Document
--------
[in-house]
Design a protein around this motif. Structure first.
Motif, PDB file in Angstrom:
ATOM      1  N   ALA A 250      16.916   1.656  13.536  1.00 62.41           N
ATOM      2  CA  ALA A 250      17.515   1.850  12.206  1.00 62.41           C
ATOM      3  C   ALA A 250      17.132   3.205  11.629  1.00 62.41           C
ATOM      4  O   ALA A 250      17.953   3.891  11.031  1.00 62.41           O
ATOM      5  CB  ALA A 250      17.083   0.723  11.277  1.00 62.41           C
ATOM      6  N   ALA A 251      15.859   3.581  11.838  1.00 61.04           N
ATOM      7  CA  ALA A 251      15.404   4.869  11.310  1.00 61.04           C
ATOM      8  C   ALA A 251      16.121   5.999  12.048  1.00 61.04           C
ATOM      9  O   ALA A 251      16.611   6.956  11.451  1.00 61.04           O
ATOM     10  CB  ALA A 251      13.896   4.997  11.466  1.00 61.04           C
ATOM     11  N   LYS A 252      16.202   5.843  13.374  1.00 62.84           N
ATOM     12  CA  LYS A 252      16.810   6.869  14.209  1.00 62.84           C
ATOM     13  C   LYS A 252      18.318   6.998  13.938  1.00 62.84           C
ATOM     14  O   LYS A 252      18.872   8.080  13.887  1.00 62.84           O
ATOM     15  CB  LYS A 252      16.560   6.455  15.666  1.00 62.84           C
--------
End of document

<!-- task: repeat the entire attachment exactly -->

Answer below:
[in-house]
Design a protein around this motif. Structure first.
Motif, PDB file in Angstrom:
ATOM      1  N   ALA A 250      16.916   1.656  13.536  1.00 62.41           N
ATOM      2  CA  ALA A 250      17.515   1.850  12.206  1.00 62.41           C
ATOM      3  C   ALA A 250      17.132   3.205  11.629  1.00 62.41           C
ATOM      4  O   ALA A 250      17.953   3.891  11.031  1.00 62.41           O
ATOM      5  CB  ALA A 250      17.083   0.723  11.277  1.00 62.41           C
ATOM      6  N   ALA A 251      15.859   3.581  11.838  1.00 61.04           N
ATOM      7  CA  ALA A 251      15.404   4.869  11.310  1.00 61.04           C
ATOM      8  C   ALA A 251      16.121   5.999  12.048  1.00 61.04           C
ATOM      9  O   ALA A 251      16.611   6.956  11.451  1.00 61.04           O
ATOM     10  CB  ALA A 251      13.896   4.997  11.466  1.00 61.04           C
ATOM     11  N   LYS A 252      16.202   5.843  13.374  1.00 62.84           N
ATOM     12  CA  LYS A 252      16.810   6.869  14.209  1.00 62.84           C
ATOM     13  C   LYS A 252      18.318   6.998  13.938  1.00 62.84           C
ATOM     14  O   LYS A 252      18.872   8.080  13.887  1.00 62.84           O
ATOM     15  CB  LYS A 252      16.560   6.455  15.666  1.00 62.84           C